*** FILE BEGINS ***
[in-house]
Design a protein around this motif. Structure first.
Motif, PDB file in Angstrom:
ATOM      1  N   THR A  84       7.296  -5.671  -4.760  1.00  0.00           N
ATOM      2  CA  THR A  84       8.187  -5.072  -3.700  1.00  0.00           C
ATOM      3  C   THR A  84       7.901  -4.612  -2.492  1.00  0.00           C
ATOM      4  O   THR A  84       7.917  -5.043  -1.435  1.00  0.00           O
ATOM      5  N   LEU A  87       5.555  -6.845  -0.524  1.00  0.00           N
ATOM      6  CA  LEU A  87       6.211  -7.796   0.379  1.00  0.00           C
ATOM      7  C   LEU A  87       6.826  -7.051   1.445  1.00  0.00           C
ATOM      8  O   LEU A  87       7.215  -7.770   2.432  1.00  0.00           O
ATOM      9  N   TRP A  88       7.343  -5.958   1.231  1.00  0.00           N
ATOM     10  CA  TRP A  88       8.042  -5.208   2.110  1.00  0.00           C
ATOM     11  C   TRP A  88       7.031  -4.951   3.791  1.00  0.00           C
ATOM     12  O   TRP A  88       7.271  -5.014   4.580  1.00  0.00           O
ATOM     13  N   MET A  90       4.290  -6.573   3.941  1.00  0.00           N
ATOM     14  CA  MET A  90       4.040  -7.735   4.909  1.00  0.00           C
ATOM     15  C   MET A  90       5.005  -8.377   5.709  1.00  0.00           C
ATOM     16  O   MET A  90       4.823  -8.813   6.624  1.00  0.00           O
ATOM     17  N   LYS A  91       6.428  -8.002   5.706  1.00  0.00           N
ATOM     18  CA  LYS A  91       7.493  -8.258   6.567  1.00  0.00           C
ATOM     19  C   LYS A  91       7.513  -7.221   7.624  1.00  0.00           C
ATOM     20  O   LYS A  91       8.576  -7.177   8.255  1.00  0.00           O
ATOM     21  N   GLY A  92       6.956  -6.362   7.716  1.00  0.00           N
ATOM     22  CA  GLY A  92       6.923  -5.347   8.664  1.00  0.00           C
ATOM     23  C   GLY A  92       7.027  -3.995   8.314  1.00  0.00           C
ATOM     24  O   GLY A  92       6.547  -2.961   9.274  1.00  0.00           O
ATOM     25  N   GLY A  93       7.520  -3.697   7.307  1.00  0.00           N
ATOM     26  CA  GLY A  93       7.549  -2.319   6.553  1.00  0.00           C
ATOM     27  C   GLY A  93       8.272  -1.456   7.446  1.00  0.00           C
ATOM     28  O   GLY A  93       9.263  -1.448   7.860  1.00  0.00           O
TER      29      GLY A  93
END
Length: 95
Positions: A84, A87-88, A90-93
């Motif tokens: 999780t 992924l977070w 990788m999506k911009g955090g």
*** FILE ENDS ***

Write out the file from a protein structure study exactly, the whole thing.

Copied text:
[in-house]
Design a protein around this motif. Structure first.
Motif, PDB file in Angstrom:
ATOM      1  N   THR A  84       7.296  -5.671  -4.760  1.00  0.00           N
ATOM      2  CA  THR A  84       8.187  -5.072  -3.700  1.00  0.00           C
ATOM      3  C   THR A  84       7.901  -4.612  -2.492  1.00  0.00           C
ATOM      4  O   THR A  84       7.917  -5.043  -1.435  1.00  0.00           O
ATOM      5  N   LEU A  87       5.555  -6.845  -0.524  1.00  0.00           N
ATOM      6  CA  LEU A  87       6.211  -7.796   0.379  1.00  0.00           C
ATOM      7  C   LEU A  87       6.826  -7.051   1.445  1.00  0.00           C
ATOM      8  O   LEU A  87       7.215  -7.770   2.432  1.00  0.00           O
ATOM      9  N   TRP A  88       7.343  -5.958   1.231  1.00  0.00           N
ATOM     10  CA  TRP A  88       8.042  -5.208   2.110  1.00  0.00           C
ATOM     11  C   TRP A  88       7.031  -4.951   3.791  1.00  0.00           C
ATOM     12  O   TRP A  88       7.271  -5.014   4.580  1.00  0.00           O
ATOM     13  N   MET A  90       4.290  -6.573   3.941  1.00  0.00           N
ATOM     14  CA  MET A  90       4.040  -7.735   4.909  1.00  0.00           C
ATOM     15  C   MET A  90       5.005  -8.377   5.709  1.00  0.00           C
ATOM     16  O   MET A  90       4.823  -8.813   6.624  1.00  0.00           O
ATOM     17  N   LYS A  91       6.428  -8.002   5.706  1.00  0.00           N
ATOM     18  CA  LYS A  91       7.493  -8.258   6.567  1.00  0.00           C
ATOM     19  C   LYS A  91       7.513  -7.221   7.624  1.00  0.00           C
ATOM     20  O   LYS A  91       8.576  -7.177   8.255  1.00  0.00           O
ATOM     21  N   GLY A  92       6.956  -6.362   7.716  1.00  0.00           N
ATOM     22  CA  GLY A  92       6.923  -5.347   8.664  1.00  0.00           C
ATOM     23  C   GLY A  92       7.027  -3.995   8.314  1.00  0.00           C
ATOM     24  O   GLY A  92       6.547  -2.961   9.274  1.00  0.00           O
ATOM     25  N   GLY A  93       7.520  -3.697   7.307  1.00  0.00           N
ATOM     26  CA  GLY A  93       7.549  -2.319   6.553  1.00  0.00           C
ATOM     27  C   GLY A  93       8.272  -1.456   7.446  1.00  0.00           C
ATOM     28  O   GLY A  93       9.263  -1.448   7.860  1.00  0.00           O
TER      29      GLY A  93
END
Length: 95
Positions: A84, A87-88, A90-93
């Motif tokens: 999780t 992924l977070w 990788m999506k911009g955090g």